Not sure what craft beer to pair with turkey, mashed potatoes or pumpkin pie? We asked beverage directors and bartenders to help.
By Kim Leshinski|
Whether you're hosting friends and family for dinner or have been tasked with bringing beverages to your parents' house, skip the wine and drink craft beer instead. The beverage is incredibly versatile and we talked to Chicago's best bartenders, beverage directors and beer buyers to find out which Midwest beers you should drink with each course of the holiday feast.
Flywheel, Metropolitan Brewing (Chicago, IL) Start the festivities with a session beer, like Metropolitan’s Flywheel, which “won't fill you up or slow you down as you juggle the barrage of oven timers, snack trays and touchdowns,” says Chris Coons, former beer manager at Jerry’s Wicker Park. Coons says that Flywheel is “light-bodied with a bready sweetness from the malt and a clean crisp noble hop finish [and] achieves a delicate balance few of its counterparts can equal.” Flywheel is available in 6-packs at local craft beer stores.
Matilda, Goose Island Beer Co. (Chicago, IL) This Belgian Pale Ale with Brettanomyces (wild yeast) is a great complement for roasted fowl and rich food, according to Goose Island Clybourn Brewpub’s executive chef, Andrew Hroza: “It has white wine characteristics that make for a great palate cleanser with the crisp hop balance. It is a beer that makes non-beer drinkers reconsider their stance. The Brett acts as an interesting flavor that plays well with dishes that have tons of different spice components and harmoniously brings Midwest side dishes together for a cohesive meal.” Matilda is available in 4-packs at local craft beer stores.
Woodside, Perennial Artisan Ales (St. Louis, MO) This Belgian-style Tripel ale, brewed with honey, is just begging to be served with dinner. “The aroma is floral and fruity, the body is big and rich with a touch of sweetness, but tempered by a bright carbonation that helps keep it balanced,” says Adam Vavrick, former beer manager at Binny’s Lincoln Park. “Smother your turkey, and everything else for that matter, in gravy and then sip this to clear your palate.” Woodside is available in a 750mL bottle at local craft beer stores.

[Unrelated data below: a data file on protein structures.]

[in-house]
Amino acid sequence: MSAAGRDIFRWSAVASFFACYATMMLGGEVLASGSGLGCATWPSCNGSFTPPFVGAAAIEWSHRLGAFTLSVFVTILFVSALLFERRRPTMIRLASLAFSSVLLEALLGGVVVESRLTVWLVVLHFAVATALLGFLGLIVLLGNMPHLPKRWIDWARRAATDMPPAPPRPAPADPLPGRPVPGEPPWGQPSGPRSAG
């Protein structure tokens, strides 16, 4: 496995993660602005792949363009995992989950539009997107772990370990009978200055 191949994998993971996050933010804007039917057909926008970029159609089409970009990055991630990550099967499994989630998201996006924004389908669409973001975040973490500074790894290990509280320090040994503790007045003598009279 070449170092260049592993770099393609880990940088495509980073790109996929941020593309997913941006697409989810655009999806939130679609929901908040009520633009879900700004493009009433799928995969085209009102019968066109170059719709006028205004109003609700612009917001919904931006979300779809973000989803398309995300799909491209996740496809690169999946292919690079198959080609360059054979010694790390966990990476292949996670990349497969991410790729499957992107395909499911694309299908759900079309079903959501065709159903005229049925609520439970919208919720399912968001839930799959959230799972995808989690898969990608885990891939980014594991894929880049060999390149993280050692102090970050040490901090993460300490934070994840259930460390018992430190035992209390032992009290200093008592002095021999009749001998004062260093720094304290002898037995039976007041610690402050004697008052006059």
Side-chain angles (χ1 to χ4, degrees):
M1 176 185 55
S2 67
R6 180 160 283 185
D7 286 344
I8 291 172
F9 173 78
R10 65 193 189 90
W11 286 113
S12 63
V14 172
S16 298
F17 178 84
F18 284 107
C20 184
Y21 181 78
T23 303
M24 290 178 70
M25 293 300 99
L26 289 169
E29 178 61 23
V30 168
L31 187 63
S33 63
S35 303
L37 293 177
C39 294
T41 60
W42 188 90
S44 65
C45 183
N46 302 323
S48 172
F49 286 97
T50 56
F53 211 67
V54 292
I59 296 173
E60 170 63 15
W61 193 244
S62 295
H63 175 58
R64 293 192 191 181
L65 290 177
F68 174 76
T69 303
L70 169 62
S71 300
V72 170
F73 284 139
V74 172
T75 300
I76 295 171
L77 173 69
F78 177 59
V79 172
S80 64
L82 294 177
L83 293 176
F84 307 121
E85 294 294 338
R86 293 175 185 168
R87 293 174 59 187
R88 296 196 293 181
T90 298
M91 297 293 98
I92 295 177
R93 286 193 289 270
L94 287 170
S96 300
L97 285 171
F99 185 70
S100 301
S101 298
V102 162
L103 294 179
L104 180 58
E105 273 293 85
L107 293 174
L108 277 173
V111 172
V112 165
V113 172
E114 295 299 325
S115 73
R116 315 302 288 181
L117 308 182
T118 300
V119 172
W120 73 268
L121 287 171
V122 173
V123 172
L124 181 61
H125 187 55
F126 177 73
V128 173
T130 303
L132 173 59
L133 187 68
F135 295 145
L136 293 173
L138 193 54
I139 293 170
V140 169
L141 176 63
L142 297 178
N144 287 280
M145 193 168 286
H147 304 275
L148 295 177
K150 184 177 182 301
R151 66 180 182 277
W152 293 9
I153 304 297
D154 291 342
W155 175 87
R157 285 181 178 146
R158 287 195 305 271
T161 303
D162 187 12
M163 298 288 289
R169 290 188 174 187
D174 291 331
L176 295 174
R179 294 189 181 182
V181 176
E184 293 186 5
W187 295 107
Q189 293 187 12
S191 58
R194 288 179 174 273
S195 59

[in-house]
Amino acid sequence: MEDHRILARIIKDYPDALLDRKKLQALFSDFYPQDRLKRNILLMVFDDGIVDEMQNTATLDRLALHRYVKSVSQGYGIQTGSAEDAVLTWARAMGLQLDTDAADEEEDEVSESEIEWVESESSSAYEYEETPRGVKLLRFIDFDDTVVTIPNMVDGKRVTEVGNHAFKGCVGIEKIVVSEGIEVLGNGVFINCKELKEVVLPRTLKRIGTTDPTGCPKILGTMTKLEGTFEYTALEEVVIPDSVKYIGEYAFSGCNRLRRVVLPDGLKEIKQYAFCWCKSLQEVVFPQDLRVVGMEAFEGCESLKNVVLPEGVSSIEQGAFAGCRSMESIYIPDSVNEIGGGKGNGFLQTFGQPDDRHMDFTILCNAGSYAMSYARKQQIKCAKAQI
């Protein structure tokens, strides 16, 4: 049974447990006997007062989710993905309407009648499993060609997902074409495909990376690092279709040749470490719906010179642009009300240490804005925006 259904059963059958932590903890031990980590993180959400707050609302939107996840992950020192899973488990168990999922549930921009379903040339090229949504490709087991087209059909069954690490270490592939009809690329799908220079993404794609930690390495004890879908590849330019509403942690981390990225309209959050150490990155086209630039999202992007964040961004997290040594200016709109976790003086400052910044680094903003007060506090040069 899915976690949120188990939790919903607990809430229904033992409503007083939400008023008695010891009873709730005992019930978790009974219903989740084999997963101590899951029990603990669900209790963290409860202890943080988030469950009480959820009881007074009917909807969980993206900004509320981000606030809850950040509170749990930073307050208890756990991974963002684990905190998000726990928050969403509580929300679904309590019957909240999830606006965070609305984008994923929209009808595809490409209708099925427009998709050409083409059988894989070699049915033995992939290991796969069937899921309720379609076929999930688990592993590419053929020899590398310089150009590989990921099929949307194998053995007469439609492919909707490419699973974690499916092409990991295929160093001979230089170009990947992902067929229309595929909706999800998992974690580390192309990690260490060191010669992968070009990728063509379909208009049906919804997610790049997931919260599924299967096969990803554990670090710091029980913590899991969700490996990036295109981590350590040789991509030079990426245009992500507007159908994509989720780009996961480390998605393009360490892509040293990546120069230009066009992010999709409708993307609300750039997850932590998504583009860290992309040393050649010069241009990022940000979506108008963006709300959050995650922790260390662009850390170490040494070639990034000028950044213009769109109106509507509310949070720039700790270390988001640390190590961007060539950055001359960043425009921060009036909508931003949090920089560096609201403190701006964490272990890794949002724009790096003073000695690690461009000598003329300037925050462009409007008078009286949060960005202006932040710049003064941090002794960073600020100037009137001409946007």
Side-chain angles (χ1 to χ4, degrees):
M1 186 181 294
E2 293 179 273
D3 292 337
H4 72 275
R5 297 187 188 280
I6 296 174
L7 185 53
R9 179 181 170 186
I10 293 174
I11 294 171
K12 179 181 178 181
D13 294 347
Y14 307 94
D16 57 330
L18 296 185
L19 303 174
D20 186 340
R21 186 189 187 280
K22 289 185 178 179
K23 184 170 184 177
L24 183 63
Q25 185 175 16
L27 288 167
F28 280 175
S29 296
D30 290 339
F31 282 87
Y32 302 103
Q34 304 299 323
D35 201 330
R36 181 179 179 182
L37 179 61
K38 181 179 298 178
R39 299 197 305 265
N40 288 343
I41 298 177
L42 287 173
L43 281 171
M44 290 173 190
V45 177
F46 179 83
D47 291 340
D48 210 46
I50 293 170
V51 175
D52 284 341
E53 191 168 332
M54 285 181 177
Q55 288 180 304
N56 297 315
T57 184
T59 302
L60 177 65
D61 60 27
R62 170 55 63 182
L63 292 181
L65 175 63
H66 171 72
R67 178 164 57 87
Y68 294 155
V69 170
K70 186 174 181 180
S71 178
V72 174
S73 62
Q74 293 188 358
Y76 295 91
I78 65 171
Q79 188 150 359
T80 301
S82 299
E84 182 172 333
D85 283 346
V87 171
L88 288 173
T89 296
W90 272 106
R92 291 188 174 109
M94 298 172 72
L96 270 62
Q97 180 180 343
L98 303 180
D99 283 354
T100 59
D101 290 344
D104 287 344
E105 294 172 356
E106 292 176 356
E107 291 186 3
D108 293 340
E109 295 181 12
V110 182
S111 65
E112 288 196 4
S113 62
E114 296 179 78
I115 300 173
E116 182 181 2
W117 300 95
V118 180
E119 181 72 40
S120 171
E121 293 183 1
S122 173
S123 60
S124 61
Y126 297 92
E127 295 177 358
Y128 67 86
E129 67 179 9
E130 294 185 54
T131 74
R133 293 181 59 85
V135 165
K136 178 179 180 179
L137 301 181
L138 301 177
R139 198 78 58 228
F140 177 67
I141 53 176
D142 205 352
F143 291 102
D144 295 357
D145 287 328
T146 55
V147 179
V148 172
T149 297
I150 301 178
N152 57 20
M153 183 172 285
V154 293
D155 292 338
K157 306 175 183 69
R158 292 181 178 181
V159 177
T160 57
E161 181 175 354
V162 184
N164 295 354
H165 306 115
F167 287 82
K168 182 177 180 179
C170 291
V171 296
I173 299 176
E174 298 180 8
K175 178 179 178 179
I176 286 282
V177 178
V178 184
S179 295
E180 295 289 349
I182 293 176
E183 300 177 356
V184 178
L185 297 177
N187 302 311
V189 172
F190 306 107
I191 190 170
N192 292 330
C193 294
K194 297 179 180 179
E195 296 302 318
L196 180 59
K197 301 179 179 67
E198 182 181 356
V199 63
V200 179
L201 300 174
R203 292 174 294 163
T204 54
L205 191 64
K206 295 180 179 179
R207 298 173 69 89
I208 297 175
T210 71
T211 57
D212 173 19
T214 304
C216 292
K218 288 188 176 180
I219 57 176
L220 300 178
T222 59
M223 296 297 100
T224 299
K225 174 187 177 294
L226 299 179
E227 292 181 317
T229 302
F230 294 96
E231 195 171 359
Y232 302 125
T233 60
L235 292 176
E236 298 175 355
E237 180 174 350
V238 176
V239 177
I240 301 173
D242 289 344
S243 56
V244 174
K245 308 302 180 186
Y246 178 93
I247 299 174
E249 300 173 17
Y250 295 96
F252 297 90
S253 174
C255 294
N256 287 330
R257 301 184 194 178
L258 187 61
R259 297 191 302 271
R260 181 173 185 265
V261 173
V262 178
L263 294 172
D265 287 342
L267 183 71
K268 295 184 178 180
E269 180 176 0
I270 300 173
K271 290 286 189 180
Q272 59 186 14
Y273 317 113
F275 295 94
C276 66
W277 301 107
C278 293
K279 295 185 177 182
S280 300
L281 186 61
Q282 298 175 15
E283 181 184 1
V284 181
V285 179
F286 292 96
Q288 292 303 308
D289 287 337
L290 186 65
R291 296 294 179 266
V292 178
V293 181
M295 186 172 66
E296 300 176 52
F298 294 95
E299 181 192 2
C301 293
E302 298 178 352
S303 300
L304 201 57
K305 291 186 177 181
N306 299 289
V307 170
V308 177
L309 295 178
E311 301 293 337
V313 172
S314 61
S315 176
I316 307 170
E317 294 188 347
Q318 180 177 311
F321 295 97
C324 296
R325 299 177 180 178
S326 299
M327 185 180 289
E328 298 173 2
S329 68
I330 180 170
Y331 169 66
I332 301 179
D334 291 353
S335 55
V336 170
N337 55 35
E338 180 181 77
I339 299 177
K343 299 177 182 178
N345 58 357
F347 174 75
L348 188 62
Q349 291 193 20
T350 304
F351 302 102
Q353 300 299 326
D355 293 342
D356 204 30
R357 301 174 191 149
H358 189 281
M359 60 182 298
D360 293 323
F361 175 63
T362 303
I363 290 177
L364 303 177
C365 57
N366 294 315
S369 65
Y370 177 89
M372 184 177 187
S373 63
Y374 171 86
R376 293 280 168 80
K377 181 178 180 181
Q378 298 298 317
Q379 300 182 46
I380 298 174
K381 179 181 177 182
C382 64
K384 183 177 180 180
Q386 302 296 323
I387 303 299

La Roja, Jolly Pumpkin Artisan Ales (Dexter, Michigan) When it comes to the perfect complement for stuffing and cranberry sauce, Vavrick recommends Jolly Pumpkin’s La Roja, which he described as a “cross between an American Amber Ale and a Flanders Red Ale. It's a rich toasty amber that then sits in oak barrels for a good period of time, adding a vinous background and hints of pitted cherries.” La Roja is available in a 750mL bottle at your local craft beer stores.
Scurry, Off Color Brewing (Chicago, IL) Scurry, a locally made German-style Kotbusser beer, is a favorite of Seth Feldman, bartender at Bar Deville, for pairing with rich sides, like sweet potato casserole. “Scurry is fermented with honey, molasses and oats, giving it a great malty base without being too sweet,” he says. “It has a lot of earthy overtones that will bring out some of the other flavors present in the casserole, such as raisins and spices.” Scurry is available in 6-packs at local craft beer stores.
Breakfast Stout, Founders Brewing Co. (Grand Rapids, MI) Not just for breakfast anymore, this Imperial Stout works very well with desserts. Drew Larson, former beer manager at Hopleaf and founding co-owner of Leaders Beverage Consulting, describes Founders’ Breakfast Stout as “harmonizing perfectly with chocolate desserts while complementing pumpkin and apple flavors. The bitterness of the intense coffee flavors is great at refreshing the palate from the intensity of American desserts.” Breakfast Stout was just released in six-packs but you’ll have to act quickly to secure a few bottles—it’s a favorite in Chicago.
Christmas Ale, Great Lakes Brewing (Cleveland, OH) Once the dinner plates are cleared and the desserts start coming out, pour yourself a glass of this winter warmer. Coons likes this “medium-bodied treat” for its flavors of “ginger, cinnamon, toffee and vanilla that will pair wonderfully with bread pudding, pecan pie or perhaps a raspberry tart.” Christmas Ale is available in six-packs at local craft beer stores in November.
Malevolence, Spiteful Brewing (Chicago, IL) Rich, spiced desserts like pumpkin pie can handle a big, dark beer, Melani Domingues, owner of the Green Lady, says. She recommends Spiteful Brewing’s massive Russian Imperial Stout, Malevolence. “With notes of dark chocolate, roasted coffee and dark fruit, it accentuates and brings out the flavors and aroma of the cinnamon, nutmeg, ginger and clove in the pie,” Domingues says. Malevolence is available in 650 mL bottles at local craft beer stores.